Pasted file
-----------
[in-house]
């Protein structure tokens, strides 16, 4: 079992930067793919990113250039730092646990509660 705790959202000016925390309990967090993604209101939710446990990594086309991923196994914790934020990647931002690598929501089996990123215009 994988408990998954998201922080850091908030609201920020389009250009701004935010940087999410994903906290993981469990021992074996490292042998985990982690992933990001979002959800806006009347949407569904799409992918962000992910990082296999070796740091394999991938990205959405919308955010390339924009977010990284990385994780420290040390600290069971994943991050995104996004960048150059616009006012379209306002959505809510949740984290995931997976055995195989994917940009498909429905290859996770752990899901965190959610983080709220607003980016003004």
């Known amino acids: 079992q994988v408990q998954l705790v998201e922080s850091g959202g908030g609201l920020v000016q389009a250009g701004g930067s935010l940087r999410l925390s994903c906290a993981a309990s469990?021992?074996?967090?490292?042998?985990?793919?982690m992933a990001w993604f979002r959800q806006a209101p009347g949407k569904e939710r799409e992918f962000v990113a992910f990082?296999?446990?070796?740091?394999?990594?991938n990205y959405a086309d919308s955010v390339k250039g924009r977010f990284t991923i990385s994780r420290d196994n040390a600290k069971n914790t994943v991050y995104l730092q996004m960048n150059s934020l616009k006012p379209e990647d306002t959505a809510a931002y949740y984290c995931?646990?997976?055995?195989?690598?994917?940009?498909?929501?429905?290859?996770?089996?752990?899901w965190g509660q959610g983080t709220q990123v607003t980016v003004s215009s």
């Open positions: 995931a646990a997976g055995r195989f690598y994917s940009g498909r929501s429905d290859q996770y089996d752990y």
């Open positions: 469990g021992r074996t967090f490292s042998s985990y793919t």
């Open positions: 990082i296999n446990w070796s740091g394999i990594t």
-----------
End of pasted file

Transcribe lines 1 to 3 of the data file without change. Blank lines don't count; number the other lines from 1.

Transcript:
[in-house]
């Protein structure tokens, strides 16, 4: 079992930067793919990113250039730092646990509660 705790959202000016925390309990967090993604209101939710446990990594086309991923196994914790934020990647931002690598929501089996990123215009 994988408990998954998201922080850091908030609201920020389009250009701004935010940087999410994903906290993981469990021992074996490292042998985990982690992933990001979002959800806006009347949407569904799409992918962000992910990082296999070796740091394999991938990205959405919308955010390339924009977010990284990385994780420290040390600290069971994943991050995104996004960048150059616009006012379209306002959505809510949740984290995931997976055995195989994917940009498909429905290859996770752990899901965190959610983080709220607003980016003004």
């Known amino acids: 079992q994988v408990q998954l705790v998201e922080s850091g959202g908030g609201l920020v000016q389009a250009g701004g930067s935010l940087r999410l925390s994903c906290a993981a309990s469990?021992?074996?967090?490292?042998?985990?793919?982690m992933a990001w993604f979002r959800q806006a209101p009347g949407k569904e939710r799409e992918f962000v990113a992910f990082?296999?446990?070796?740091?394999?990594?991938n990205y959405a086309d919308s955010v390339k250039g924009r977010f990284t991923i990385s994780r420290d196994n040390a600290k069971n914790t994943v991050y995104l730092q996004m960048n150059s934020l616009k006012p379209e990647d306002t959505a809510a931002y949740y984290c995931?646990?997976?055995?195989?690598?994917?940009?498909?929501?429905?290859?996770?089996?752990?899901w965190g509660q959610g983080t709220q990123v607003t980016v003004s215009s």